I am writing to you today to support and issue that is very important to me as well as hundreds of thousands of citizens in the state of Florida who like myself, are not eligible to vote. This November, Floridians will be voting on Amendment 4 that if passed will restore voting rights to former felons who have completed their sentences and all probationary periods. As it stands right now it is next to impossible for former felons, such as myself, to regain their right to vote in the State of Florida.
There are currently over 1.4 million citizens in the State of Florida, representing 10.5% of the total population who are not eligible to vote. This represents both the highest number as well as the highest percentage of any state in the country. While virtually every other state has enacted legislation to enable former felons to vote, Florida has been noted for its inaction and for its continued policy of disenfranchising 10% of the electorate. This November the voters have a chance to change that.
There are a few arguments that have been advanced against Amendment 4. The first argument objects on moral grounds. Those who advance it state that when someone commits a crime particularly a violent crime, they forfeit the right to vote. To those I say fear not, this amendment specifically excludes those who have committed violent crimes or sexual offenses.
There are those on the right of the spectrum who feel that this will only help the Democrats since felons by-and-large vote Democrat. I have no idea where this theory comes from but in my experience, it is untrue. I know this because I, Michael Szafranski, am a former felon. I have voted for the Republican party in every election since I was 18. I am an avid Donald Trump, Ron DeSantis and Rick Scott supporter. By those on the right who would deny a former felon’s right to vote they are preventing me, a lifelong republican, from voting when every vote counts.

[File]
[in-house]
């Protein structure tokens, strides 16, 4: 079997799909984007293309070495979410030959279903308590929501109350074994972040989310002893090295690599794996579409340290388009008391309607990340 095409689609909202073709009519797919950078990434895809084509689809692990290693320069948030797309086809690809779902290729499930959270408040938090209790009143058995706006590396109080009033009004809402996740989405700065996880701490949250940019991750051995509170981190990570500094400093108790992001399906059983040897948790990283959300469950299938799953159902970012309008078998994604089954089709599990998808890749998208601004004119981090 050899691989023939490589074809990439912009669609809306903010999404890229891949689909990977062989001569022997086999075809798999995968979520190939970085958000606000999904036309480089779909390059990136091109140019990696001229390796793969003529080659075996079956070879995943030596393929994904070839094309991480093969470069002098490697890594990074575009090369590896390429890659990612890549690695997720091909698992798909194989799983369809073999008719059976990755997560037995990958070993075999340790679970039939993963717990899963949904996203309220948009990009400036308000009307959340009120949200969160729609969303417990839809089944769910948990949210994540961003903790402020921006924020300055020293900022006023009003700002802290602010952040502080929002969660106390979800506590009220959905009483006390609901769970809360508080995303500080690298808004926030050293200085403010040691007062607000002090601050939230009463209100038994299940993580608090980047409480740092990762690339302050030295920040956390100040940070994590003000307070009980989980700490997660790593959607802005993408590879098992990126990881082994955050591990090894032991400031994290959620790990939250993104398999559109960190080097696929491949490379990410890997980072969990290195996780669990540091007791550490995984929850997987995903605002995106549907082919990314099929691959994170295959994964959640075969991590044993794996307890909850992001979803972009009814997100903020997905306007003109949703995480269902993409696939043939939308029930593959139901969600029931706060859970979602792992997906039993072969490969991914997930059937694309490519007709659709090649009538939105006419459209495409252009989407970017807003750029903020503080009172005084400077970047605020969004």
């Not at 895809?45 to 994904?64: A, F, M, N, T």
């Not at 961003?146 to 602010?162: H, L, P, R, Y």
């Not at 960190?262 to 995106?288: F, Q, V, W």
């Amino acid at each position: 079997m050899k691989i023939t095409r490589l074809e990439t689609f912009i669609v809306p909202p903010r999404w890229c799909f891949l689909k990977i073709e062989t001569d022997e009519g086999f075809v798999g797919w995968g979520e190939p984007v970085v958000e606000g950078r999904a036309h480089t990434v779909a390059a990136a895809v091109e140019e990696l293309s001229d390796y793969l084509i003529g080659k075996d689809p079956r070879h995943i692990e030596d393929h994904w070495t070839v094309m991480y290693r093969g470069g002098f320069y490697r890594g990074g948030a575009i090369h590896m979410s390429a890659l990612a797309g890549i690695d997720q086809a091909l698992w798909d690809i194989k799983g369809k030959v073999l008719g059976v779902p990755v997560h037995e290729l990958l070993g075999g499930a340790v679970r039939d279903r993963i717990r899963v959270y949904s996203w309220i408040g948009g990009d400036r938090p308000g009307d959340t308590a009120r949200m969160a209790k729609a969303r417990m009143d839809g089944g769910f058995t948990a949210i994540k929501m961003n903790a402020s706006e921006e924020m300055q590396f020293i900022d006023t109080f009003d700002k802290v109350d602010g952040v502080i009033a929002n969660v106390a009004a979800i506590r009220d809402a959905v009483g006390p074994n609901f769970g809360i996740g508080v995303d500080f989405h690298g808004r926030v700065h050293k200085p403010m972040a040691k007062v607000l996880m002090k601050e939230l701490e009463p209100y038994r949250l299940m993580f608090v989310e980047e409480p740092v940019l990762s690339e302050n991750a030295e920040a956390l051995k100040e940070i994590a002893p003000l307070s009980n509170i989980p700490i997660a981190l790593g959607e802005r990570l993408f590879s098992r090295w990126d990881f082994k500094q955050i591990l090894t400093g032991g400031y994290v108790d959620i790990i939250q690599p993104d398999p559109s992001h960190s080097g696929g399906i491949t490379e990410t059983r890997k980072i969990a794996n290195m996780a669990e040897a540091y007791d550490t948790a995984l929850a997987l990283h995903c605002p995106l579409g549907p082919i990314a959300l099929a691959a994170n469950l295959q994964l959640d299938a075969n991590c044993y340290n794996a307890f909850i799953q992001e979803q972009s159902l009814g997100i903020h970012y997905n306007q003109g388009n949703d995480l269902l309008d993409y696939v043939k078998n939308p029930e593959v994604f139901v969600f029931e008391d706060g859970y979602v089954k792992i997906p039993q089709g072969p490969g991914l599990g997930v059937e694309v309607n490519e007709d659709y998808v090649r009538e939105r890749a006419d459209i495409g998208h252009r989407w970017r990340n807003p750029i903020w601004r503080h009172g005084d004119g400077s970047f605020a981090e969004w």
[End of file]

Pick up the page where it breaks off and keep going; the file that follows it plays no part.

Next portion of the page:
There are those who may counter that I represent a small minority of former felons and they would gladly deprive me of the right to vote if it means preventing hundreds of thousands of others from voting for the other party. This too, is incorrect. I spent my time in a prison camp. Prison camps are filled with white-collar offenders. Many, if not most, come from the finance industry and their crimes are non-violent in nature. When they are released from prison, they get jobs, pay taxes or start businesses. Most are, like myself, Republicans. I was in prison during the 2016 presidential campaign and it is safe to say that the camp was evenly split between those who would have voted for Hillary Clinton and for those who would have voted for Donald Trump. If I was to have taken a poll among those who had actually voted in prior presidential elections, 80% would have supported Donald Trump. To say that allowing former felons to vote would benefit Democrats is just plain wrong.
I therefore implore all of you, Republican and Democrat alike, to come out on election day and vote Yes on Amendment 4.